While you wait for them to arrive, use direct pressure to slow the bleeding. If the bleed is capillary (slow and even flow, bright red in color) or venous (steady flow, dark red in color), you may be able to control the bleed with direct pressure. If the bleed is arterial (spurting or pulsing flow, bright red in color), direct pressure won’t be enough—you will have to apply pressure at an arterial pressure point. If the wound is in the leg, consider applying pressure in the upper thigh, near the pelvic region—but be careful. If there is a wound in this area, try applying pressure in the lower right abdomen. If the wound is in the arm, try applying pressure underneath the armpit. If the bleeding is on the neck, try applying pressure on the side of the neck generally underneath the point of the jawline, keeping in mind to apply pressure only on one side. Only do this in an extreme emergency, as it is of limited value for bleed control.
Regardless of where the wound is, once you apply pressure, do not remove pressure to check if the wound is still bleeding. Continue to apply pressure until a medic can place a pressure dressing or other hemostatic intervention.
If the wound is in the chest, it is acceptable to cover the wound with your gloved hand, but applying too much pressure can potentially inhibit their respiratory system. Chest wounds generally present with less bleeding, but run a high risk of air entering the chest cavity, leading to a buildup of pressure that can cause a lung to collapse. Some medics carry vented chest seals in their kits, which serve the same general purpose as a gloved hand over the wound: preventing air from entering the chest cavity. If the wound is in the trunk—i.e., between the chest and the navel—there is probably little you can do to help besides notifying a medic or other higher care immediately.
If you can control the bleed, you or a friend should prepare the victim for a possible ER visit or another situation in which they may have their possessions confiscated. Remove any potentially incriminating items from their backpack, pockets, and person. Dispose of these or give them to a trusted friend who can remove them from the scene.
When higher care arrives, whether that is EMS or street medics, give them a report to the best of your ability, using the MIST acronym: the Mechanism of injury (M), the Injuries sustained (I), the Symptoms (S), and any Treatments (T) given. For example, “They were shot with a rifle from about two blocks away, they received two bullet wounds in their left leg. Their skin is cool to the touch, and their breathing seems slower than normal. I applied a tourniquet high and tight and the bleeding seems to have stopped.”
If it takes a while for medical care to arrive, consider writing symptoms or other things you notice on the patient’s arm with your marker.
Know your options for evacuation. Are you behind a police line that an ambulance cannot pass through? Does the local medic collective offer transport to hospitals? You can try calling for an ambulance if you think you are in an area they can enter. When you place a 911 call for an ambulance, you can request that they do not send police in tandem, but they may well ignore your request. If you do decide to call EMS while you are in a group actively trying to assist someone who has been wounded, designate one person to make the 911 call and report the wound and location while the rest of you stay focused on assisting the victim. It is possible—but not guaranteed—that a 911 dispatcher can walk you through basic trauma response until you receive help or can transport the wounded.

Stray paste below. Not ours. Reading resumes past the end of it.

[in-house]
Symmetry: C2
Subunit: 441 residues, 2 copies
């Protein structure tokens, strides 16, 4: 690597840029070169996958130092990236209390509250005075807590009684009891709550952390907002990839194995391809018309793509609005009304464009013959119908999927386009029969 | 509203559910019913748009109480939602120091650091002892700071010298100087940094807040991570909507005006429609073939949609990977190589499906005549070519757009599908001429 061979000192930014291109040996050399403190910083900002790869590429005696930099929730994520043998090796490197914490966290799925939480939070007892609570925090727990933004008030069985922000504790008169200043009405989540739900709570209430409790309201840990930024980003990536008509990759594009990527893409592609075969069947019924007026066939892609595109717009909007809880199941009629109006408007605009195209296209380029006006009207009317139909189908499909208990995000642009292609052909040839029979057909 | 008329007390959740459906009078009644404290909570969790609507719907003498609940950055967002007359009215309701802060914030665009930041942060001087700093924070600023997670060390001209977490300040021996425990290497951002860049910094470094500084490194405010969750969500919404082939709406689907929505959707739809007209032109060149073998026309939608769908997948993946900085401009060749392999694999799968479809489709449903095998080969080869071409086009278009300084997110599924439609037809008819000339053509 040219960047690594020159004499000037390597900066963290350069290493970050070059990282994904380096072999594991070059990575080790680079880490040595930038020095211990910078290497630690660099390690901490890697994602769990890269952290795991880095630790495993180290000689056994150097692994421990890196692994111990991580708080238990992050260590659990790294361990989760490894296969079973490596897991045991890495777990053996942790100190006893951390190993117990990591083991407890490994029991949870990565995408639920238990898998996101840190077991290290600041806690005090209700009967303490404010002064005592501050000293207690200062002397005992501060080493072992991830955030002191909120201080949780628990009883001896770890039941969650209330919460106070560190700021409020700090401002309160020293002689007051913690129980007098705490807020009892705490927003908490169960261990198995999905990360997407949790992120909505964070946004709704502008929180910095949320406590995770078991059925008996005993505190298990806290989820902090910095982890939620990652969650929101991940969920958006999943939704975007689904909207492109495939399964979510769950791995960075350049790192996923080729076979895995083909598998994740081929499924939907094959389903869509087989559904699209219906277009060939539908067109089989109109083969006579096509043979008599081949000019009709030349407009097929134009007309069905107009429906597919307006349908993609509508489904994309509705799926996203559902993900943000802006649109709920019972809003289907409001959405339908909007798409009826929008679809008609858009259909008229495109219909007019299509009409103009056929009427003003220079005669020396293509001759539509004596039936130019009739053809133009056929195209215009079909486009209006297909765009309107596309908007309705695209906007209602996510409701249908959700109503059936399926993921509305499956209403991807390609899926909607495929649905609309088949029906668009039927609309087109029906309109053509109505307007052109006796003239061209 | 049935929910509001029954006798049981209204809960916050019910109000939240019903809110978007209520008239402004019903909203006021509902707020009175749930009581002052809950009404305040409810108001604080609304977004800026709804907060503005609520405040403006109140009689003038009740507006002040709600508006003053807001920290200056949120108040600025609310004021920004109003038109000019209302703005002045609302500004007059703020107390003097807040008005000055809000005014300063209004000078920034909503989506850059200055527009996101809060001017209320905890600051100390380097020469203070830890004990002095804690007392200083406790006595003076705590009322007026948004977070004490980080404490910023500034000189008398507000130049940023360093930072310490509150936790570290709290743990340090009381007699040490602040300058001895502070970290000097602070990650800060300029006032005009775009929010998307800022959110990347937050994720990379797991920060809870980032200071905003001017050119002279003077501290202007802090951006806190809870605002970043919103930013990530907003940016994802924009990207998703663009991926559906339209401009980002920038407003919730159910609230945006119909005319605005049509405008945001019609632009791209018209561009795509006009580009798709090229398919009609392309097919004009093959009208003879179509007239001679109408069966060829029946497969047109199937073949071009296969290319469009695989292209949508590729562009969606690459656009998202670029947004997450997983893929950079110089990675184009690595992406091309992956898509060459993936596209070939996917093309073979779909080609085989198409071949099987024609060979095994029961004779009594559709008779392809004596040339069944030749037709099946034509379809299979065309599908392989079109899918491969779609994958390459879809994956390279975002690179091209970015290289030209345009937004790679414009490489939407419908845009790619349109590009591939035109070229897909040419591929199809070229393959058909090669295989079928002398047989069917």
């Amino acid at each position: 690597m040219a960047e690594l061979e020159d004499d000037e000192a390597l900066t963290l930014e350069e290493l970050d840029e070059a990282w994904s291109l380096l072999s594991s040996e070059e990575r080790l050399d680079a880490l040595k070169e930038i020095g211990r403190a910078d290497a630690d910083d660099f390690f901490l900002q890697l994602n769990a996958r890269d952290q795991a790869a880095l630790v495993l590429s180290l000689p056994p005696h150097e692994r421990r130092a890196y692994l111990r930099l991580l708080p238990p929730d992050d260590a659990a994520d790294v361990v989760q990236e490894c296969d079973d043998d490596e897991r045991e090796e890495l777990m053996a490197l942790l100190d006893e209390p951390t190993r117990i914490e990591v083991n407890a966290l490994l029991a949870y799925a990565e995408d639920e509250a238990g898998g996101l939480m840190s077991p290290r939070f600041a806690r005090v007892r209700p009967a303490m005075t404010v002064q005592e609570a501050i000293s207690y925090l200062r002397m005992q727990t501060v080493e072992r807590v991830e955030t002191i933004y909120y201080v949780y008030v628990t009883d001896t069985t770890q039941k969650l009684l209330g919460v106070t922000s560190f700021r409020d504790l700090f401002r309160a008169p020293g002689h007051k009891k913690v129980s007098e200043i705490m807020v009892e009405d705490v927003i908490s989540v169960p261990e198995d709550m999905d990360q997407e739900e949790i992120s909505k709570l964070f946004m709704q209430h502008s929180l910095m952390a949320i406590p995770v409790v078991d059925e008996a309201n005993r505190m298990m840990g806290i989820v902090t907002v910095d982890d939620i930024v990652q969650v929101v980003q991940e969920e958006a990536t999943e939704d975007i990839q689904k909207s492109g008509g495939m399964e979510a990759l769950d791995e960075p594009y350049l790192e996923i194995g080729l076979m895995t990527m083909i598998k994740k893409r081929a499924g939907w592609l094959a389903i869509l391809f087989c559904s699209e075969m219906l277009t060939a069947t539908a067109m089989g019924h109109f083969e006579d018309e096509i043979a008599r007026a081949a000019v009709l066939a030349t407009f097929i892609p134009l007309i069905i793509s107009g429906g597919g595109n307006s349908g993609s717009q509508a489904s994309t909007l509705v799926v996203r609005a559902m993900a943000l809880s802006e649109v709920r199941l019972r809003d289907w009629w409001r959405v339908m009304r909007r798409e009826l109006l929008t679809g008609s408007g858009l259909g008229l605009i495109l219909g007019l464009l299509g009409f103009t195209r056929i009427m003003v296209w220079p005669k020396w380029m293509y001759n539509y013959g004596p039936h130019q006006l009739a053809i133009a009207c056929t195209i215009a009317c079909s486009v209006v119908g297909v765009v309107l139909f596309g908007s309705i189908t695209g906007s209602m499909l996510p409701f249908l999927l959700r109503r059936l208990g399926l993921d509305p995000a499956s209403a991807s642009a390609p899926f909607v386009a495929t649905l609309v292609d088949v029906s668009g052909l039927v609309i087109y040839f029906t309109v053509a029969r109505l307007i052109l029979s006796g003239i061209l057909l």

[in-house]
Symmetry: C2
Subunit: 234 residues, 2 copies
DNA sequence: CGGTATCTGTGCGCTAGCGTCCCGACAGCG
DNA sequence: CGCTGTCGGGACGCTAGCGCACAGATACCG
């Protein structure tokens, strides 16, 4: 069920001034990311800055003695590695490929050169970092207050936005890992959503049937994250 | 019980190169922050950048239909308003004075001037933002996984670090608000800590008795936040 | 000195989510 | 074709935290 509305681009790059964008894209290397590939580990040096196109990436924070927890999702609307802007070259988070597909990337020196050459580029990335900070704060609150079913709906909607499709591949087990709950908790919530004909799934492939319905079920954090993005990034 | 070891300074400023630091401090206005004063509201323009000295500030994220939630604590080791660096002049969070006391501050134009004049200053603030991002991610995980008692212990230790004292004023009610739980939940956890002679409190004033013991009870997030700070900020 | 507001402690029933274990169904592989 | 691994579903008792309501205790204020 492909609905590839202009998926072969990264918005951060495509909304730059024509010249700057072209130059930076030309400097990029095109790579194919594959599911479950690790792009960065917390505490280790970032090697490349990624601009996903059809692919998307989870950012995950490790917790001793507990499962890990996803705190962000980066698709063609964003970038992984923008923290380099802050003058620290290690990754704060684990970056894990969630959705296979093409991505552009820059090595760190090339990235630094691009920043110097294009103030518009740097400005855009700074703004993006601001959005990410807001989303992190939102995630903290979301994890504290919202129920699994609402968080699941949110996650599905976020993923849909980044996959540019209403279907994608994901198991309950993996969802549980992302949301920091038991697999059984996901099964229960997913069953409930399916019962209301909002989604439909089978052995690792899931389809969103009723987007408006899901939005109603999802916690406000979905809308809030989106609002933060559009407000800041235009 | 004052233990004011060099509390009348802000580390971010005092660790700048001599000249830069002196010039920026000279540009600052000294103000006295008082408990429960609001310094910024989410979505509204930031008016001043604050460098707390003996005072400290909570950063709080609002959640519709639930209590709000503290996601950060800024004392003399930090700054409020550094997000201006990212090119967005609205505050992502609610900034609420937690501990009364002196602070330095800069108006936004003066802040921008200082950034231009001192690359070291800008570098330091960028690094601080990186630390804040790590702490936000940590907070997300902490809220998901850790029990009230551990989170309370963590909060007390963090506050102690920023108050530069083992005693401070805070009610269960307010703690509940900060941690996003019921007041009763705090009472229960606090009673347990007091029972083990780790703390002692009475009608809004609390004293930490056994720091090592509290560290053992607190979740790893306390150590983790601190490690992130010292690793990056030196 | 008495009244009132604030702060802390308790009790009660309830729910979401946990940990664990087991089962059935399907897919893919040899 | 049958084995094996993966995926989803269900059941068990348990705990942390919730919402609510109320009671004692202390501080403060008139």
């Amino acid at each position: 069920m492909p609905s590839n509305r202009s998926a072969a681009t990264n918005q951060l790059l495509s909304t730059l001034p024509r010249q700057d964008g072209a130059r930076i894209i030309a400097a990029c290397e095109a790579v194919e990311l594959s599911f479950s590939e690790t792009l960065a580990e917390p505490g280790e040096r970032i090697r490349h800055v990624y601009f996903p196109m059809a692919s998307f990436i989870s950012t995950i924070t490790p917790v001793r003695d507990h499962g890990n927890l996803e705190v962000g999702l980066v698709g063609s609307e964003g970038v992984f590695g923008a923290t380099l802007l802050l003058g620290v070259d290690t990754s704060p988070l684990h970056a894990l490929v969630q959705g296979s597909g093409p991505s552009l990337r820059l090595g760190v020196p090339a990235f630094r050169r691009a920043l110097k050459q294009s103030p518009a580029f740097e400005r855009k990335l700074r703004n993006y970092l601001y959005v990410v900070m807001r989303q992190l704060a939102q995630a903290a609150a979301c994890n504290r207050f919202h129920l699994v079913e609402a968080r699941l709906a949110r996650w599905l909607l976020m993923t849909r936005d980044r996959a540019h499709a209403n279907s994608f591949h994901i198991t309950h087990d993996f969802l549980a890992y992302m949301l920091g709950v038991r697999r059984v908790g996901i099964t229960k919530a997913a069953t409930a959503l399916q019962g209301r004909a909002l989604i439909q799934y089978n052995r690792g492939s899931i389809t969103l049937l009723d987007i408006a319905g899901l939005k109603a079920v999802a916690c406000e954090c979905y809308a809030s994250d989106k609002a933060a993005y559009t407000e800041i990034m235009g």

If you or your comrades have driven to the demonstration, it can help if a car is parked nearby with immediate access to the road. Make sure the location of the keys is known and accessible to more than one person. Other people will likely wish to assist in the event of a shooting. If you cannot transport the patient yourself, seek aid from those around you.
At the Hospital
In some cities, hospitals place shooting victims in protective custody to eliminate the threat of violence against them. If that occurs, you will not be able to locate your friend inside the hospital system. If the person is unconscious and unable to tell healthcare workers who to contact, the workers will try to contact a family member. If you are entering a situation in which it is possible that you will be severely injured, you could write an emergency number in sharpie on your skin with the instruction “call in case of emergency.”
While this may not be uppermost in your thoughts in the event of a shooting, it is important to know that most large hospital systems offer programs via which you can apply for aid to reduce or forgive your bills. If someone’s life is on the line, you can work out the financial details later.
Back at Home
When bringing someone home from the hospital, evaluate their home situation. Do they live alone? With friends or family? Is their bedroom up a flight of stairs? Depending on the severity of the injury and the forecasted length of their recovery, they may need to change their living situation.